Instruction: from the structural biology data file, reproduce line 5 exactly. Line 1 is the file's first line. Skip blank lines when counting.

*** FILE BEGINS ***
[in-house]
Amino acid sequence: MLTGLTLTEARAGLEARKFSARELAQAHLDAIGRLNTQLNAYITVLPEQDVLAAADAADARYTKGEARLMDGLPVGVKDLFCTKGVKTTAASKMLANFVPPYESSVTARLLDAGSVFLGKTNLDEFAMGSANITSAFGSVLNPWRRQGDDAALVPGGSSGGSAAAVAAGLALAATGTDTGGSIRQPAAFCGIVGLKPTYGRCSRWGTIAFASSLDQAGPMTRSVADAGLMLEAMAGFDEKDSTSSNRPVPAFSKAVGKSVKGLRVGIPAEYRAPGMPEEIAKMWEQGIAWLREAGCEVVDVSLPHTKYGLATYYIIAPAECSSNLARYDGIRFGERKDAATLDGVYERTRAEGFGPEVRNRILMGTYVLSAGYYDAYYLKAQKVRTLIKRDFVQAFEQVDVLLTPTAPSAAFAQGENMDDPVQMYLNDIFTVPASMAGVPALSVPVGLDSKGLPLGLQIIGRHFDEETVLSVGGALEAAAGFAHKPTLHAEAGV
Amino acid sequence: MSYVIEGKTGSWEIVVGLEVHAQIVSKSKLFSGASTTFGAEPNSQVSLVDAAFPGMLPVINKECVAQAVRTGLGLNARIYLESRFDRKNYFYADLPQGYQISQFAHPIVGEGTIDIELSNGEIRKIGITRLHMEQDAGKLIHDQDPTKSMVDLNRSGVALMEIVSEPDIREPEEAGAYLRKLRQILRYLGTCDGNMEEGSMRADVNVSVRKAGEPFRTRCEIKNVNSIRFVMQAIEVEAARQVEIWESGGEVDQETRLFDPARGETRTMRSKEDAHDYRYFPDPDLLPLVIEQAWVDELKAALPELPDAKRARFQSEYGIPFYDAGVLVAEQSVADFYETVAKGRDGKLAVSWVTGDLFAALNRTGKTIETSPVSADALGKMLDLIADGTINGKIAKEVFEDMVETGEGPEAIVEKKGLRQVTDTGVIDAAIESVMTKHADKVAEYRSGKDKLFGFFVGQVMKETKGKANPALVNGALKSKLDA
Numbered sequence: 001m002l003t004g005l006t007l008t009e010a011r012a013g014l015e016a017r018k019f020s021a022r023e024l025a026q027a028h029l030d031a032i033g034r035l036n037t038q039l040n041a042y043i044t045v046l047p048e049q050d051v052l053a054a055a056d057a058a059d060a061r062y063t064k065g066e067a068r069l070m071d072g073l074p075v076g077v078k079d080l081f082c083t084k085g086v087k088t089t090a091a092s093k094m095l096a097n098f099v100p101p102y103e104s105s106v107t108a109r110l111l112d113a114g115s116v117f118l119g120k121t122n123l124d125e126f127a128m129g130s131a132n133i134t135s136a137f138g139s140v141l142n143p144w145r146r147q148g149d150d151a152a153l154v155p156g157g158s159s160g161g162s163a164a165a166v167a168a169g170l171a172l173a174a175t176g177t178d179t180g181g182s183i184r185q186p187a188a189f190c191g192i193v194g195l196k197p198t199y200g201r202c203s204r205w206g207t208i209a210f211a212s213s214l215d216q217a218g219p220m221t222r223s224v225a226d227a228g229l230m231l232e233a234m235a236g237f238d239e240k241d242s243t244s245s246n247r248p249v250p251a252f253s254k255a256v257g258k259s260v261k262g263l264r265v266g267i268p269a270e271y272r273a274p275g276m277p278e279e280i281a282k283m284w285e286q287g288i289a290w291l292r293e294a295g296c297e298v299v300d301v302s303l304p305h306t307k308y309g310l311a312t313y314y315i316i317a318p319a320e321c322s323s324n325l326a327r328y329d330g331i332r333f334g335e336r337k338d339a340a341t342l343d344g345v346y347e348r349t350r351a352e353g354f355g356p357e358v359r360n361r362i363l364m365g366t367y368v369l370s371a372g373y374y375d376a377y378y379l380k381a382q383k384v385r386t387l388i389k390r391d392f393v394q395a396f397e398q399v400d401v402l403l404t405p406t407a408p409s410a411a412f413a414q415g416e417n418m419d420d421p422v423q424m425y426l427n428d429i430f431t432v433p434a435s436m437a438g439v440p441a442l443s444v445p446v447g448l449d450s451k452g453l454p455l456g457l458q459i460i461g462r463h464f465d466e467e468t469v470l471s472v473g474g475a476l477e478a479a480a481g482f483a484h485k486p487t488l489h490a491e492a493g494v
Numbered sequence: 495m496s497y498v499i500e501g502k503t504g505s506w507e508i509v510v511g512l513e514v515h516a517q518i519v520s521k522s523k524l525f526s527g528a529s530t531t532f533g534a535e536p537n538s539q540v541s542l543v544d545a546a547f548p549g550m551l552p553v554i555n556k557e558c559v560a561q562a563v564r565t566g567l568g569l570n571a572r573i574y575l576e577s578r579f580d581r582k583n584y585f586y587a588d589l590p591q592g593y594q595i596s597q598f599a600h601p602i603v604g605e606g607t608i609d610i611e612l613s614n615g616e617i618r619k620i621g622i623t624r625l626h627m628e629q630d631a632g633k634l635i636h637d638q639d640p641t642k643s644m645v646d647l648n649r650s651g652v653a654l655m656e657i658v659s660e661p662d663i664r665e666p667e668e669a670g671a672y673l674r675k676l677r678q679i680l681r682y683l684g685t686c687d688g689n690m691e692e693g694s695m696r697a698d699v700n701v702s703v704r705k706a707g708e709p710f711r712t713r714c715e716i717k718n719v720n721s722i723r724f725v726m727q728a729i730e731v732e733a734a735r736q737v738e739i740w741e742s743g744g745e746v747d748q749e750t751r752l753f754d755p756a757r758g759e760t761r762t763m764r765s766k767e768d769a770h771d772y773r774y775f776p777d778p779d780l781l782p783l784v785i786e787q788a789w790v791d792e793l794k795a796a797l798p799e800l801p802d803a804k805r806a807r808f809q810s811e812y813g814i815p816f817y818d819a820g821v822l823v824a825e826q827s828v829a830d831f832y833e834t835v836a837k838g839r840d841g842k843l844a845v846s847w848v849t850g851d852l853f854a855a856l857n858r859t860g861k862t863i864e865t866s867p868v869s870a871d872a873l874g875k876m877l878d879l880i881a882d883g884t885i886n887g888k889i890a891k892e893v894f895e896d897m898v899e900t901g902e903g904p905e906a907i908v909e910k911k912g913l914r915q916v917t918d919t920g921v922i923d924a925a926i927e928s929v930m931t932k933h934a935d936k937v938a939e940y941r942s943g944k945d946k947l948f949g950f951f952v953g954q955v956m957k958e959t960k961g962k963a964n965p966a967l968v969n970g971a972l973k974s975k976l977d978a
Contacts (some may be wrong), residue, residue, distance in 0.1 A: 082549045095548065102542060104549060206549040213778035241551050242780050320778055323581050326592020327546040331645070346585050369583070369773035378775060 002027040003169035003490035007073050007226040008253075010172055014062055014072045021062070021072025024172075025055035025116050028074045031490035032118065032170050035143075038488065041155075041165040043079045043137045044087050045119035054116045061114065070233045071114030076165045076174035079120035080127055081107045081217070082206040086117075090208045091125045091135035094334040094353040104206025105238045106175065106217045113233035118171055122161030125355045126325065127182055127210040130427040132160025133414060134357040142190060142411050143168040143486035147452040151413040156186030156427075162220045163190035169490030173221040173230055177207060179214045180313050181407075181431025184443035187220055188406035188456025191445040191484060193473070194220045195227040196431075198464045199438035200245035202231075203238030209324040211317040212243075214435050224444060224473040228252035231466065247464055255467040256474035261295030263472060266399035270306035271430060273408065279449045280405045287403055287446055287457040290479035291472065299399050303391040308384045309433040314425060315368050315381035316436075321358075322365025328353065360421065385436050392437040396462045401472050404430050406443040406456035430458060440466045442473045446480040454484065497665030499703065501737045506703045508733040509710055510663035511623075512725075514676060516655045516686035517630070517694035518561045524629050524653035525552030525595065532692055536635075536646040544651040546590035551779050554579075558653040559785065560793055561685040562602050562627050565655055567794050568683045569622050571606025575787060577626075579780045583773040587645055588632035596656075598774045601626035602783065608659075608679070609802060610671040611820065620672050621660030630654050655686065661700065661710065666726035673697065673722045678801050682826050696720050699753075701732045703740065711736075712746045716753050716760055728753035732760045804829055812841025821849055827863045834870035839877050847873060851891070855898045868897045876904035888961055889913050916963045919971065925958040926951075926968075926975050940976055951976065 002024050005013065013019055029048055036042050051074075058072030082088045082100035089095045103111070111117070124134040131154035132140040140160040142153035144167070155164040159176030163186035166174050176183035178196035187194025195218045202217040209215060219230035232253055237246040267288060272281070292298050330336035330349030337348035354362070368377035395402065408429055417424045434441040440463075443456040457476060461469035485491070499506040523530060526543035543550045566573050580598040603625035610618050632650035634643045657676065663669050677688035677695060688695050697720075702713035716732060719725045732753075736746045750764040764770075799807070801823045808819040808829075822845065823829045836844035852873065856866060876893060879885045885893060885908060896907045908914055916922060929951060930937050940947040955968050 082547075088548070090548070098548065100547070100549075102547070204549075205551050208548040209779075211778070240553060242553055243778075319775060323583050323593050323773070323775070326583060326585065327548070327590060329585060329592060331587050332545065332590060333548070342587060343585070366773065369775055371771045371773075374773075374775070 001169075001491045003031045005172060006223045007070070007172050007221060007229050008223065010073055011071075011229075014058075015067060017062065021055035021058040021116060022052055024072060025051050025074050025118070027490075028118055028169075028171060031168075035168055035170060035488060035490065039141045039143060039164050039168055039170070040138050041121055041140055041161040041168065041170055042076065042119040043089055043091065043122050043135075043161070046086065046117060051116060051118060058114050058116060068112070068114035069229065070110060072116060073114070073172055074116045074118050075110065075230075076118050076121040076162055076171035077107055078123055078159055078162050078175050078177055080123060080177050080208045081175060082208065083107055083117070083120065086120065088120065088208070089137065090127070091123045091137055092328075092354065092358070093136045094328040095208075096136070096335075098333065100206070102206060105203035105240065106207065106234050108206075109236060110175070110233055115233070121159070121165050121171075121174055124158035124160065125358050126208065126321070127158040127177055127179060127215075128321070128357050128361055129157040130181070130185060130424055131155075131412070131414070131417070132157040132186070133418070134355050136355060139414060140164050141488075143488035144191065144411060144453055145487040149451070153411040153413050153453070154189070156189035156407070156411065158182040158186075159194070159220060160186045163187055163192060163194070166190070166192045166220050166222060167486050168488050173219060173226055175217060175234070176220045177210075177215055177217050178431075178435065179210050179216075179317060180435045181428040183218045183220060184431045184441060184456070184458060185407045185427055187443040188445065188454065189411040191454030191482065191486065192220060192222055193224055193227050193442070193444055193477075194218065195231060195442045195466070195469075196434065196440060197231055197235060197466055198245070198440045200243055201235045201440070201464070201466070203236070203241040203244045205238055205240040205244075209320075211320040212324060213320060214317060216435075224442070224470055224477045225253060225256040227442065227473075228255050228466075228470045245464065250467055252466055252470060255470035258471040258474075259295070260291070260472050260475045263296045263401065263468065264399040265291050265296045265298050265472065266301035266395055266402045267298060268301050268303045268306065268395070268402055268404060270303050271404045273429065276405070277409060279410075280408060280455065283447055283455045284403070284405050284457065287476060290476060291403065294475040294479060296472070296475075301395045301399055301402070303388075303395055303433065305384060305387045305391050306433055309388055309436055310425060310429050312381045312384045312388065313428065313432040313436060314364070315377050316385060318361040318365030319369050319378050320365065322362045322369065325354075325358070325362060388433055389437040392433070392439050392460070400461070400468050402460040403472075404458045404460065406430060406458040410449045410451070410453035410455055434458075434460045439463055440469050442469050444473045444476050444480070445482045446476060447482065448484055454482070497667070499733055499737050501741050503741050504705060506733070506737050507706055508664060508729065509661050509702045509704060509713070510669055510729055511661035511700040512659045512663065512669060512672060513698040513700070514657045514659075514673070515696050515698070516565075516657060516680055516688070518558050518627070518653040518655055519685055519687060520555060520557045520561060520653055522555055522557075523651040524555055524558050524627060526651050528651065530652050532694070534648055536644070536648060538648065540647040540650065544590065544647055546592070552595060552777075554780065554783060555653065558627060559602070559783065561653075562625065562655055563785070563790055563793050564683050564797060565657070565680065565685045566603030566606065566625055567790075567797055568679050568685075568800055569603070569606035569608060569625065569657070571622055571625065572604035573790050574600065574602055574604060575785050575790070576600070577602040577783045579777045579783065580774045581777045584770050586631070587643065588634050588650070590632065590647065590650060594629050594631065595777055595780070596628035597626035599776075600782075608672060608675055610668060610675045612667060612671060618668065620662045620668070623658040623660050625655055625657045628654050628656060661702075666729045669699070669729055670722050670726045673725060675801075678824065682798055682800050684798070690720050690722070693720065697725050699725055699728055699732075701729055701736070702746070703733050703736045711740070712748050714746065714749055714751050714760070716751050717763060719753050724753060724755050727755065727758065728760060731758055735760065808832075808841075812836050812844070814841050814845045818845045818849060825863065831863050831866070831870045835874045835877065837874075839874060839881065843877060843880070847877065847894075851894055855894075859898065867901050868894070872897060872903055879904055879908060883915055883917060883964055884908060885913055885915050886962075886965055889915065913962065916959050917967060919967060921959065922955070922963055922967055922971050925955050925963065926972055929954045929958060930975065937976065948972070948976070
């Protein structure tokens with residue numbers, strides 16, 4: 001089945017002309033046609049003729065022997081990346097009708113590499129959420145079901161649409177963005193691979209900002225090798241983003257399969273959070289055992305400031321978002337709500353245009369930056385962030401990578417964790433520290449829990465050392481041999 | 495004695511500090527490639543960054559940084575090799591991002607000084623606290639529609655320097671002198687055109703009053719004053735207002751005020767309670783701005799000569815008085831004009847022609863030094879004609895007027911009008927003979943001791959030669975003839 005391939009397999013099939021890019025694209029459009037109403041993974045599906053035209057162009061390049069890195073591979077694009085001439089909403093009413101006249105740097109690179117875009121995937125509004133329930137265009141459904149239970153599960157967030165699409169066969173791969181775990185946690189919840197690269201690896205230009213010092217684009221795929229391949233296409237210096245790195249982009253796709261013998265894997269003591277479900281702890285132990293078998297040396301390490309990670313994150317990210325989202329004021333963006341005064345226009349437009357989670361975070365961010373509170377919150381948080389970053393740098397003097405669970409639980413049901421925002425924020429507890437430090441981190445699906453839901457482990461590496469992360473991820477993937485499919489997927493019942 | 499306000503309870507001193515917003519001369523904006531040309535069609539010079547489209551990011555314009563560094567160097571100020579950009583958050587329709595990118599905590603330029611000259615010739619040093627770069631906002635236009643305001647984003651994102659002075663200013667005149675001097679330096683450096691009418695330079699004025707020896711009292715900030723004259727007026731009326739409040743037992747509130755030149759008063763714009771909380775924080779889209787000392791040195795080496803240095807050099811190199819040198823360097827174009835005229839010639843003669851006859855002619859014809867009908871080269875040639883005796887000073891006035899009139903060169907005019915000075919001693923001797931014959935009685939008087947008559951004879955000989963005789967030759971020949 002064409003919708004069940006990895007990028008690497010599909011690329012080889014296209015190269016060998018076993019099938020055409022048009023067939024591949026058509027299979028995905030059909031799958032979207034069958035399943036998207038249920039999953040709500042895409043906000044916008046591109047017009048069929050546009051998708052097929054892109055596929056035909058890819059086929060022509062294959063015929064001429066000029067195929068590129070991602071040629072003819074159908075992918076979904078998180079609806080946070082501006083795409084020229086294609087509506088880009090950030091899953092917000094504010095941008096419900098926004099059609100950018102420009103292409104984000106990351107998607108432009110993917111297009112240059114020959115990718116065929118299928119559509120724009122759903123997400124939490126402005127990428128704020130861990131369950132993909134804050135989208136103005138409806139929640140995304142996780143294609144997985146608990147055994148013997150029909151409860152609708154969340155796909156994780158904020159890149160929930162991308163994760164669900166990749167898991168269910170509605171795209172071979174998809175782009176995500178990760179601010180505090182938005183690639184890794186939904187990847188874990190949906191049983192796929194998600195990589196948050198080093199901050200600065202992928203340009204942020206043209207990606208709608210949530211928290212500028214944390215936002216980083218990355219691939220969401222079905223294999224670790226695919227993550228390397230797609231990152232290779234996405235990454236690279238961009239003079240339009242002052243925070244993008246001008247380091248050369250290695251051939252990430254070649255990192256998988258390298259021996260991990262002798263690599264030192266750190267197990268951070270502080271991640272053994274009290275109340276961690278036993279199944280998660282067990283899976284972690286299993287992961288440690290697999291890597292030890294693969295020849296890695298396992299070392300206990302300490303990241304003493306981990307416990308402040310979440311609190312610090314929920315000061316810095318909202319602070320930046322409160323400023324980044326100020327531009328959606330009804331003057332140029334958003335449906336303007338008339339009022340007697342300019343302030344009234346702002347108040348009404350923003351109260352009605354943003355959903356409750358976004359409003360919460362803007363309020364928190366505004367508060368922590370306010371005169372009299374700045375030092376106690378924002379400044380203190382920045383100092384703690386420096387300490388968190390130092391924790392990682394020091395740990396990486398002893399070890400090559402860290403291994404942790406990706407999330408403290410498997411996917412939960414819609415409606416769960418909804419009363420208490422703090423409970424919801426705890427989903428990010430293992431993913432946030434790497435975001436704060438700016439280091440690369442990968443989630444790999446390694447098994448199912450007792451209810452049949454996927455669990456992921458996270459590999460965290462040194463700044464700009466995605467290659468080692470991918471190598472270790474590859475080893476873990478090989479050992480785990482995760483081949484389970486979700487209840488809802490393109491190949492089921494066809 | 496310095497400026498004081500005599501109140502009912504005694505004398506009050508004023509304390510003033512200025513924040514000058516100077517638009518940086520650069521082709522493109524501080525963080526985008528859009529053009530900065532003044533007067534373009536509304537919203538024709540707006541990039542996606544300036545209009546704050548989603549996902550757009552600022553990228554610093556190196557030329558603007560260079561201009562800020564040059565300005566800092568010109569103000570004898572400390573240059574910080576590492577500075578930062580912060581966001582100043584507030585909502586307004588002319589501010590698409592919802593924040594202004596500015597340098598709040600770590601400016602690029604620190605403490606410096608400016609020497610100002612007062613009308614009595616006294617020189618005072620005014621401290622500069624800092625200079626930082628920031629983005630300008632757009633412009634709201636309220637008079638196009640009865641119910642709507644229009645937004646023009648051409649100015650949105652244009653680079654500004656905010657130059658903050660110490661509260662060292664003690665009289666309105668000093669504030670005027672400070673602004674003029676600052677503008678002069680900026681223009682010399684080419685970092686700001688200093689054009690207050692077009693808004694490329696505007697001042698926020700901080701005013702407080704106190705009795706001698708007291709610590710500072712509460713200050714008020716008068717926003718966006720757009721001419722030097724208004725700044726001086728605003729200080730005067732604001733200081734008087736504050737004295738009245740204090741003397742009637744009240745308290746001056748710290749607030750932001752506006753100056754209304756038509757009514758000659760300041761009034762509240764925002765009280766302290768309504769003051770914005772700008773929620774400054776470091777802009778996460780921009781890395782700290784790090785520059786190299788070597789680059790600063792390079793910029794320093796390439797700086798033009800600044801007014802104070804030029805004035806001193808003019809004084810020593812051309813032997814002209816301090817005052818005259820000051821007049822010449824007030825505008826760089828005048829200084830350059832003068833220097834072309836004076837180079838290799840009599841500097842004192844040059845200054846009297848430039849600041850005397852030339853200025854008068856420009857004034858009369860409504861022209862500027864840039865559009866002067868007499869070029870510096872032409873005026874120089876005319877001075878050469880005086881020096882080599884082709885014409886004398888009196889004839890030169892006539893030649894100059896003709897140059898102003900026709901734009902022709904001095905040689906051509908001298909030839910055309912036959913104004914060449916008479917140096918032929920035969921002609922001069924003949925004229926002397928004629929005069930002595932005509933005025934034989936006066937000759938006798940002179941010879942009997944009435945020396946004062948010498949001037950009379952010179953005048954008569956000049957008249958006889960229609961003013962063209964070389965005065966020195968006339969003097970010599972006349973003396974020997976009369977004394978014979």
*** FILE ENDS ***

Numbered sequence: 495m496s497y498v499i500e501g502k503t504g505s506w507e508i509v510v511g512l513e514v515h516a517q518i519v520s521k522s523k524l525f526s527g528a529s530t531t532f533g534a535e536p537n538s539q540v541s542l543v544d545a546a547f548p549g550m551l552p553v554i555n556k557e558c559v560a561q562a563v564r565t566g567l568g569l570n571a572r573i574y575l576e577s578r579f580d581r582k583n584y585f586y587a588d589l590p591q592g593y594q595i596s597q598f599a600h601p602i603v604g605e606g607t608i609d610i611e612l613s614n615g616e617i618r619k620i621g622i623t624r625l626h627m628e629q630d631a632g633k634l635i636h637d638q639d640p641t642k643s644m645v646d647l648n649r650s651g652v653a654l655m656e657i658v659s660e661p662d663i664r665e666p667e668e669a670g671a672y673l674r675k676l677r678q679i680l681r682y683l684g685t686c687d688g689n690m691e692e693g694s695m696r697a698d699v700n701v702s703v704r705k706a707g708e709p710f711r712t713r714c715e716i717k718n719v720n721s722i723r724f725v726m727q728a729i730e731v732e733a734a735r736q737v738e739i740w741e742s743g744g745e746v747d748q749e750t751r752l753f754d755p756a757r758g759e760t761r762t763m764r765s766k767e768d769a770h771d772y773r774y775f776p777d778p779d780l781l782p783l784v785i786e787q788a789w790v791d792e793l794k795a796a797l798p799e800l801p802d803a804k805r806a807r808f809q810s811e812y813g814i815p816f817y818d819a820g821v822l823v824a825e826q827s828v829a830d831f832y833e834t835v836a837k838g839r840d841g842k843l844a845v846s847w848v849t850g851d852l853f854a855a856l857n858r859t860g861k862t863i864e865t866s867p868v869s870a871d872a873l874g875k876m877l878d879l880i881a882d883g884t885i886n887g888k889i890a891k892e893v894f895e896d897m898v899e900t901g902e903g904p905e906a907i908v909e910k911k912g913l914r915q916v917t918d919t920g921v922i923d924a925a926i927e928s929v930m931t932k933h934a935d936k937v938a939e940y941r942s943g944k945d946k947l948f949g950f951f952v953g954q955v956m957k958e959t960k961g962k963a964n965p966a967l968v969n970g971a972l973k974s975k976l977d978a